Tuesday, March 6, 2018

Book Reviews: 36 - 40 of 2017

To Rise Again at a Decent Hour was a bit of a wild card books I picked up at random without knowing anything about it. The story follows Paul O'Rourke - a somewhat boring dentist. Life is going on normally until one day Paul finds out that someone has started a website and Facebook page under his name and is commenting with strange religious sounding posts on various articles around the internet. In his quest to discover who is making these odd posts, Paul discovers an ancient civilization and how he is connected to it. This book was kind of all over the place for me. To start with every time I started to think main character has something like-able about him, he would say something inappropriate or awful that made me just not care what happens to him. Also from where this story begins to where it ends up is just a big say wha? It would've been interesting if I cared about Paul O'Rourke, but with it odd segues into the main point of the story I was kind of glad to get this one finished and move on. I give this book 3 out of 5 stars.

Winesburg, Ohio is the classic novel mentioned by classic novelists. I picked this up because authors like Ayn Rand, Ernest Hemingway, and William Faulkner all have listed it among their favorite books, so I had to see what all the fuss was about. The book is a collection of short stories about a town called Winesburg, Ohio around the turn of the century. There are love stories, rascal fathers, town revenges, and much more in the stories as they show how they are all connected. As far as my own opinion about this book ... I feel like I must have missed something? While this gave an interesting view of life at this in a small town, I really did not enjoy reading this and it was a bit of a slog. I managed to finish it, always hoping that the big moment would be coming that makes everyone love it so much. For me this never came. Maybe I will read it again one day and figure out what others seem to see that I don't. I give this book 3 out of 4 stars.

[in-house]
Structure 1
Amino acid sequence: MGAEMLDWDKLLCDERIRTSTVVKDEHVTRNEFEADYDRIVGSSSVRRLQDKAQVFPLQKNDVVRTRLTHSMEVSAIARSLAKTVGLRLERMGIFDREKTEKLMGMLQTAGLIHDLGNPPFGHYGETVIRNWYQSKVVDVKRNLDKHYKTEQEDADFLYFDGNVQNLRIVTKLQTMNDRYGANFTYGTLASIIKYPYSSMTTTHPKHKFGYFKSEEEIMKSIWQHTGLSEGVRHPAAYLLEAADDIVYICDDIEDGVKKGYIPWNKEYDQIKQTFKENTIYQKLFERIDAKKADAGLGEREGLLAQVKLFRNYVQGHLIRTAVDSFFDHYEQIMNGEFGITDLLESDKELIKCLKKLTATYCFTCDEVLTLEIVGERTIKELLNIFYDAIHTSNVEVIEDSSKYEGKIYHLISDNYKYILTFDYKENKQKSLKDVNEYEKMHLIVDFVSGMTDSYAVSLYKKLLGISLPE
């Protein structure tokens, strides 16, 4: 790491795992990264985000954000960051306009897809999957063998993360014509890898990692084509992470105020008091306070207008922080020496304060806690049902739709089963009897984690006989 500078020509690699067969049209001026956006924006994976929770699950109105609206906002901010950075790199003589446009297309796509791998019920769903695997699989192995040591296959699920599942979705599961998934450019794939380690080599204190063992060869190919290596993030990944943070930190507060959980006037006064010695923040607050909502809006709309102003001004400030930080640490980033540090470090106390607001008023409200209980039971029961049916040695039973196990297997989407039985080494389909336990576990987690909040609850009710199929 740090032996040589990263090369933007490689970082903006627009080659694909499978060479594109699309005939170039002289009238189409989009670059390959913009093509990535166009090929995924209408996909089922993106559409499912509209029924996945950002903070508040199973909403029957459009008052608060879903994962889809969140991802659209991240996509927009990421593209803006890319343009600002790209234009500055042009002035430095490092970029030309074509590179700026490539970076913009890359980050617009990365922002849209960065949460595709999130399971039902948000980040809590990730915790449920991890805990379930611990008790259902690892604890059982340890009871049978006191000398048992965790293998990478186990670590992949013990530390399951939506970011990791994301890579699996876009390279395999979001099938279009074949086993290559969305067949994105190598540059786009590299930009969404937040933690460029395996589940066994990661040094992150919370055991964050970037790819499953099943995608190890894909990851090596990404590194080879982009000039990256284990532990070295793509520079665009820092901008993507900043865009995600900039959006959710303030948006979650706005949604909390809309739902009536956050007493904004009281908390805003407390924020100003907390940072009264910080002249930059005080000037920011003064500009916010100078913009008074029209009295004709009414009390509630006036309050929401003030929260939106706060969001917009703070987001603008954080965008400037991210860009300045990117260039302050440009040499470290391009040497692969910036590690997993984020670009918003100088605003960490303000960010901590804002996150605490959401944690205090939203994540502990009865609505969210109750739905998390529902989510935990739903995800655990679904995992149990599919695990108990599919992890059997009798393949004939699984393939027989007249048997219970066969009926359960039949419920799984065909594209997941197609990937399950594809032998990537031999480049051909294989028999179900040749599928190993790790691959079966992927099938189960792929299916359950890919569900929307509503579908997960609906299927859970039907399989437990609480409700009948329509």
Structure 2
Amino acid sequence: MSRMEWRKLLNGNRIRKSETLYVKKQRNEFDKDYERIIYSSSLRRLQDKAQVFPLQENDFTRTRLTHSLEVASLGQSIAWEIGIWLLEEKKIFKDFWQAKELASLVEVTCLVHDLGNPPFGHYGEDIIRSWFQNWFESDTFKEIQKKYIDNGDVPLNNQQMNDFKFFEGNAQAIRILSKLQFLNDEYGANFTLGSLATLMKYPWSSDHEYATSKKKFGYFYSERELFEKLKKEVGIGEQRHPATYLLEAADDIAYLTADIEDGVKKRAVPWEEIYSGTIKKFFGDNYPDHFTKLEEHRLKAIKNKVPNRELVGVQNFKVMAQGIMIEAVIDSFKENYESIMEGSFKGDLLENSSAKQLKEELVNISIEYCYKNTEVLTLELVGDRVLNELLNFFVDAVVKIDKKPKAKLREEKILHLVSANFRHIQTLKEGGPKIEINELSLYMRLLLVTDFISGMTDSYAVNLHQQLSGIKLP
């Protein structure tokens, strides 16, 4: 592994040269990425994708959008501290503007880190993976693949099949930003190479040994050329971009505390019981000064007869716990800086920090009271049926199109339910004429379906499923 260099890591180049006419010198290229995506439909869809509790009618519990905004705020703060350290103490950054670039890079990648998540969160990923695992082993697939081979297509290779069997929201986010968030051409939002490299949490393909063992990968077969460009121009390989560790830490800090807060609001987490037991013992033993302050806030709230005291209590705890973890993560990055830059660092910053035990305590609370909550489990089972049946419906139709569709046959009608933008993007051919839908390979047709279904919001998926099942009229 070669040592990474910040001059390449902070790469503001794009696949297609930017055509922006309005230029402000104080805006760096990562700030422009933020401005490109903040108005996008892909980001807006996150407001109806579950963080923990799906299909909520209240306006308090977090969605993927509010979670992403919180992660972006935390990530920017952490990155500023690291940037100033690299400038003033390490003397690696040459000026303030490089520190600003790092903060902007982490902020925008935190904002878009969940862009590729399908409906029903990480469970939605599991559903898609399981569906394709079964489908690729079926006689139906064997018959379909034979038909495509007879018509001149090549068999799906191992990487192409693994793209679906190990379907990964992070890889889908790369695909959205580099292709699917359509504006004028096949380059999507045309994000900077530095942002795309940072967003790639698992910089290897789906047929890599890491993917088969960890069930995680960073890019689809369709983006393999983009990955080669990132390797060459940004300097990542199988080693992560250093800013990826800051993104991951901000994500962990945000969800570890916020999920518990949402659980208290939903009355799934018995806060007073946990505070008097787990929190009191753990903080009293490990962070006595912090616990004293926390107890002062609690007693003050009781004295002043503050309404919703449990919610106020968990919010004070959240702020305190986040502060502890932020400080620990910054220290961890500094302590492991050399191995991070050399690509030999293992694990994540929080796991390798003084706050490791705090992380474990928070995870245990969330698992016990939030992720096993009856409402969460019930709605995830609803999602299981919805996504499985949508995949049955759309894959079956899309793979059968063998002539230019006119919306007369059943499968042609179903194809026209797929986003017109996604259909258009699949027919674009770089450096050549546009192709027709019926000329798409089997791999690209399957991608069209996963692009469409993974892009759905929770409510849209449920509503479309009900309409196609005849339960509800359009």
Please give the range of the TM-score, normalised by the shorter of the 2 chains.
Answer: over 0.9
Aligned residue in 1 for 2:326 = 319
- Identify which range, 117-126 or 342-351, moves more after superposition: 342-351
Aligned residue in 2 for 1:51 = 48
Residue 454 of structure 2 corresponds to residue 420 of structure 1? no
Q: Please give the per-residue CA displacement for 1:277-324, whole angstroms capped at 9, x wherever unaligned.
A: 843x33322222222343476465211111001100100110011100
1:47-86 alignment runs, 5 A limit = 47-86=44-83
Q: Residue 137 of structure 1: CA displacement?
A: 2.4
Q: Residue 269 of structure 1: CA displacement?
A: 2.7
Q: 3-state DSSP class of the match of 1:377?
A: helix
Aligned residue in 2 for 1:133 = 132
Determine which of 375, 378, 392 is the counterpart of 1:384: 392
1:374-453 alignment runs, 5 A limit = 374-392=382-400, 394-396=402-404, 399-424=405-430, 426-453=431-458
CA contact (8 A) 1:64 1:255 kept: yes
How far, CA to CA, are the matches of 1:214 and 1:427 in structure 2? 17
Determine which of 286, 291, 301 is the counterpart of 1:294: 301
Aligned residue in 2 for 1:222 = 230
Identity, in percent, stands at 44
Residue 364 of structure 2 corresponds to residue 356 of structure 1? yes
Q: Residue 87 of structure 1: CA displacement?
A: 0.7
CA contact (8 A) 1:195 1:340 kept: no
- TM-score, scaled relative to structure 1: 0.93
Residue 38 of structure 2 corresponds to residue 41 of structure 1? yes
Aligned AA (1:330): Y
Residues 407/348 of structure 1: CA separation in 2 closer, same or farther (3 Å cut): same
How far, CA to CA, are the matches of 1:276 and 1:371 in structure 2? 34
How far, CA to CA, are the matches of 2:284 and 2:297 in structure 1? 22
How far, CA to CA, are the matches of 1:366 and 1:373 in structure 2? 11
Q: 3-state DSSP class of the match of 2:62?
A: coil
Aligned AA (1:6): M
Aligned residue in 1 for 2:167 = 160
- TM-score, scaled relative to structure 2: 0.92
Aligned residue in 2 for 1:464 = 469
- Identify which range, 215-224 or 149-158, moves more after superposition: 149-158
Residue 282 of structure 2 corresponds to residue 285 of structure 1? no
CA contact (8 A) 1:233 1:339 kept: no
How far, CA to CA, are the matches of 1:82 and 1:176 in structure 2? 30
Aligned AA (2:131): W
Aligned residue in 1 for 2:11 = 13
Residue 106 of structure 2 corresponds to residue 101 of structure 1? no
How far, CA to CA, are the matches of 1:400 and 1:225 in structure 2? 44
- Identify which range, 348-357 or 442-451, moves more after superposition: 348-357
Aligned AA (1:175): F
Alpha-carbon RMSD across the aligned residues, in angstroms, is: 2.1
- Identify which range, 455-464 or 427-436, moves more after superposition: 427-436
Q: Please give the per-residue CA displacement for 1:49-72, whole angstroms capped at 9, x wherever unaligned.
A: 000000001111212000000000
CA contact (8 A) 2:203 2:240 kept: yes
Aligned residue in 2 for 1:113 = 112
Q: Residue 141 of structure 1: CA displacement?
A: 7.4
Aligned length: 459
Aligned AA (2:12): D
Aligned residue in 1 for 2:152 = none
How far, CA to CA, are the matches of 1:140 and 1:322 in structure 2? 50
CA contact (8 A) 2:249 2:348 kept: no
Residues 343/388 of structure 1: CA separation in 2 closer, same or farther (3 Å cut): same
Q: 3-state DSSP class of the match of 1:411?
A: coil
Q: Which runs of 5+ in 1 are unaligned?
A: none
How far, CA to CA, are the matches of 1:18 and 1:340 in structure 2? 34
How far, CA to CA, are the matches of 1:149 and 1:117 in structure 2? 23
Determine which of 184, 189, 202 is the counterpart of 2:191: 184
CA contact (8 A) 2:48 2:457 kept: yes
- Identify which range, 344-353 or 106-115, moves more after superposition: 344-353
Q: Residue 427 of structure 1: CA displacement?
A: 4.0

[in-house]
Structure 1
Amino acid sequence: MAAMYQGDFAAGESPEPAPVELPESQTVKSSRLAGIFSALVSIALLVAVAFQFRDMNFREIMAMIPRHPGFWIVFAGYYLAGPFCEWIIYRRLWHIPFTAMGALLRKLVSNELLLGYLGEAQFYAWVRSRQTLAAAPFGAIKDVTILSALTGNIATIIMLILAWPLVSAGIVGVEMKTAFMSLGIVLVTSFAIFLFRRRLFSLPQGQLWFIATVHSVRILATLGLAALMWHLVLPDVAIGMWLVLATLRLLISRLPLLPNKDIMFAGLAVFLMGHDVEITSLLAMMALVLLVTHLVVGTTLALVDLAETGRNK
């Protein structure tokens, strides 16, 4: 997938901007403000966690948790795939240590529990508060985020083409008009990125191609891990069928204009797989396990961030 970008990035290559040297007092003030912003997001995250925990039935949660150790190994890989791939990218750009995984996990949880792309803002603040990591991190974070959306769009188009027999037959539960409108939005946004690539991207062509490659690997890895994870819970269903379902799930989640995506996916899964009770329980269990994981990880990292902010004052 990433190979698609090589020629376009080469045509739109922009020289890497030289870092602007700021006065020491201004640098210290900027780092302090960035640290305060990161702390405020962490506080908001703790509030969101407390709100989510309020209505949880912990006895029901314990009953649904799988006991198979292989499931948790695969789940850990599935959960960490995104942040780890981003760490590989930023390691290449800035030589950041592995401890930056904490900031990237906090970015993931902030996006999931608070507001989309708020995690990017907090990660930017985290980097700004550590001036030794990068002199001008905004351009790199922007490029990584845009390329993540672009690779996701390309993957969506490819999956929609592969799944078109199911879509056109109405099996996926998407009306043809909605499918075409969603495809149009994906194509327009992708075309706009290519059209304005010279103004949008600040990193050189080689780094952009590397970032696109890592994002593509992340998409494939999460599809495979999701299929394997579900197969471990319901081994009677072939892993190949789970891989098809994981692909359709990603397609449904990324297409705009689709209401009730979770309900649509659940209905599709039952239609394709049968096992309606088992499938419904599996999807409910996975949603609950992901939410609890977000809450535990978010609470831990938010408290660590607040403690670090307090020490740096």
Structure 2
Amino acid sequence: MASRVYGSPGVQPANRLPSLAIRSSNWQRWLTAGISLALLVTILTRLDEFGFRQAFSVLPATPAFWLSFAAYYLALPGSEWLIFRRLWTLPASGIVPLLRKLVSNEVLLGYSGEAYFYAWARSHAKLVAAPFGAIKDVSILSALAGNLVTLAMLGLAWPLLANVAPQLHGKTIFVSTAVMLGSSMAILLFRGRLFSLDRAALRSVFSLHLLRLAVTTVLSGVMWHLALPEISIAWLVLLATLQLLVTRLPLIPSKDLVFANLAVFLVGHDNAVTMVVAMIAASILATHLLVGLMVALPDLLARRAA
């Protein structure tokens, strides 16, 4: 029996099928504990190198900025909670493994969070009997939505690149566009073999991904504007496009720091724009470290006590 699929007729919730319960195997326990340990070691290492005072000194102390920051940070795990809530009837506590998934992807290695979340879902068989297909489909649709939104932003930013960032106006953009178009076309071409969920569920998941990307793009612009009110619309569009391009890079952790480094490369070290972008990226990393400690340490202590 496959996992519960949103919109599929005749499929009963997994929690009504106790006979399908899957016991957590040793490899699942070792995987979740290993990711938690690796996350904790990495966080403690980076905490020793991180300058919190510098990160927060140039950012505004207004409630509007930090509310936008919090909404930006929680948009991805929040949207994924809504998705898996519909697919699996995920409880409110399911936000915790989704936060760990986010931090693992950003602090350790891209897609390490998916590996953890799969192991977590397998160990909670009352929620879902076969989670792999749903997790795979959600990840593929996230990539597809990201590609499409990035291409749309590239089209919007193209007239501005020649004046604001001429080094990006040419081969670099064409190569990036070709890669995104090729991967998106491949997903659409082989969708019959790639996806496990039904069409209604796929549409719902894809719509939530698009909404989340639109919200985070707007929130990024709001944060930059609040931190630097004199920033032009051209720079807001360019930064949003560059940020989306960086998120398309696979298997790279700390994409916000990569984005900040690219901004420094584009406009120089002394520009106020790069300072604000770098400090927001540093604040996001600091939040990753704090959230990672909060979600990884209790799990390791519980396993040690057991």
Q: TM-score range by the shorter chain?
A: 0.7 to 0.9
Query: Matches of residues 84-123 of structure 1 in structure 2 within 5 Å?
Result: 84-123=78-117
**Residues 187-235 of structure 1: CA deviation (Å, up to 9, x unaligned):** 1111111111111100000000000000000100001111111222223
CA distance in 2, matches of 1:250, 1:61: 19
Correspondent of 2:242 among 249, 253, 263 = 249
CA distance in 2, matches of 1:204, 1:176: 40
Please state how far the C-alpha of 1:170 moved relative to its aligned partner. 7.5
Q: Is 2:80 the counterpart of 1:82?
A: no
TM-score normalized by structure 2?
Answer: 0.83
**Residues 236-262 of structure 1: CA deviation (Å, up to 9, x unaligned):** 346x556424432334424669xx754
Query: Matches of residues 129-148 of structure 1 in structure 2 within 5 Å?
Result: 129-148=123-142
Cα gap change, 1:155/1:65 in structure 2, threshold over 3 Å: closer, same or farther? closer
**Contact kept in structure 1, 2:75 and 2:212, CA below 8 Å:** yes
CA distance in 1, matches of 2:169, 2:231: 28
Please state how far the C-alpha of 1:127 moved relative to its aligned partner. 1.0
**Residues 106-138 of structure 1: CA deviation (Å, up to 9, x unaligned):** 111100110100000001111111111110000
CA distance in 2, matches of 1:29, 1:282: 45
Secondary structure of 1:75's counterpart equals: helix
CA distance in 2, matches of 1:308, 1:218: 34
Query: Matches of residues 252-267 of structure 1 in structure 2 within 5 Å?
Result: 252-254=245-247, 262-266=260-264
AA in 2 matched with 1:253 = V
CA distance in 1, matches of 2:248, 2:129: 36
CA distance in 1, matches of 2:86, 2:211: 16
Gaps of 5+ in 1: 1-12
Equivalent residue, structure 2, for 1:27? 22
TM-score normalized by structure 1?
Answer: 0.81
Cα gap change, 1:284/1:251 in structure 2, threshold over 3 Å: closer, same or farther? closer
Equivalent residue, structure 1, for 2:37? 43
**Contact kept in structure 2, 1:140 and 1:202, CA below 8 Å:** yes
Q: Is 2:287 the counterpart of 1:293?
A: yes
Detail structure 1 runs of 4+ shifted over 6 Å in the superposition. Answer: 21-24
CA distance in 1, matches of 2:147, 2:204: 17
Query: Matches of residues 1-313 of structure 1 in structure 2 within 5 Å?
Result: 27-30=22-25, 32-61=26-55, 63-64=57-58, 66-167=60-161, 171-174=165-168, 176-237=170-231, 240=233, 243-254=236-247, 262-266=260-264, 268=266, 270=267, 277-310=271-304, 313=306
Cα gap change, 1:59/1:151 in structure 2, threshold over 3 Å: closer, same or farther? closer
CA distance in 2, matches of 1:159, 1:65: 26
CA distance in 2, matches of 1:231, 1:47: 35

You Are a Badass at Making Money is a branch off of You Are A Badass, which I read earlier in the year and loved. I really hoped for the awesome pep-talk to connect with me like it did in the first book, but this one just didn't entirely get there. A lot of the advice is to stop saying you hate money and send out the good vibes by having faith that money will somehow appear. When I'm struggling to buy a sandwich for lunch verses making one at home, I find the sheer obscenity of the sums mentioned in this book unfathomable. Sorry but it's not a good personal decision to commit to an $85,000.00 purchase when you can't afford to even fix your $1000.00 car. I get where Sincero is coming from - the "if you build it, they will come" mentality, but while she may have been the 1% success story with that amount of money, there are many people who make very sound investments and still lose it all. Maybe I'm just not there yet, but I just can't let go of rationality quite that much. I do still like her style, and I did enjoy most of the book. I give this book 4 out of 5 stars.

The Light Between Oceans is the story of an Australian couple who take in a baby that washes ashore at the lighthouse they tend. The story develops from an altruistic action into the selfish desperation to have a child very quickly. The Sherbournes have tried several times to have children, and all of them were miscarriages, their last one being born dead just a few weeks before finding this baby on the beach. Isabel is so elated to find a baby and convinces her husband, Tom, not to report the finding so they can pass the baby off as their own. Eventually, the family returns to the mainland and discovers the real family the baby belonged to and the desolation her loss caused.

This was just one of those awful situation stories. Definitely a true test of whether the characters would do "the right thing" when the wrong thing is so much what they want. I really enjoyed this story - it's very sad, but in a very good way. I give this book 4 out of 5 stars.

The 5 Love Languages was recommended to me by my husband and once I read it I could see all the small things he had changed in what he does for me in "speaking my language". I feel like this is one of those books that has been around long enough that most people (especially if you've been in any counselling) know the premise. To cynical me I was hesitant, but I now recommend this book all the time. It's such a simple idea - treat people how they want to be treated to show that you love them - but this can be ground breaking in a relationship that has lacked this type of interaction. I definitely recommend anyone in a relationship (or who hopes to be one day) read this book. I give this book 4 out of 5 stars.

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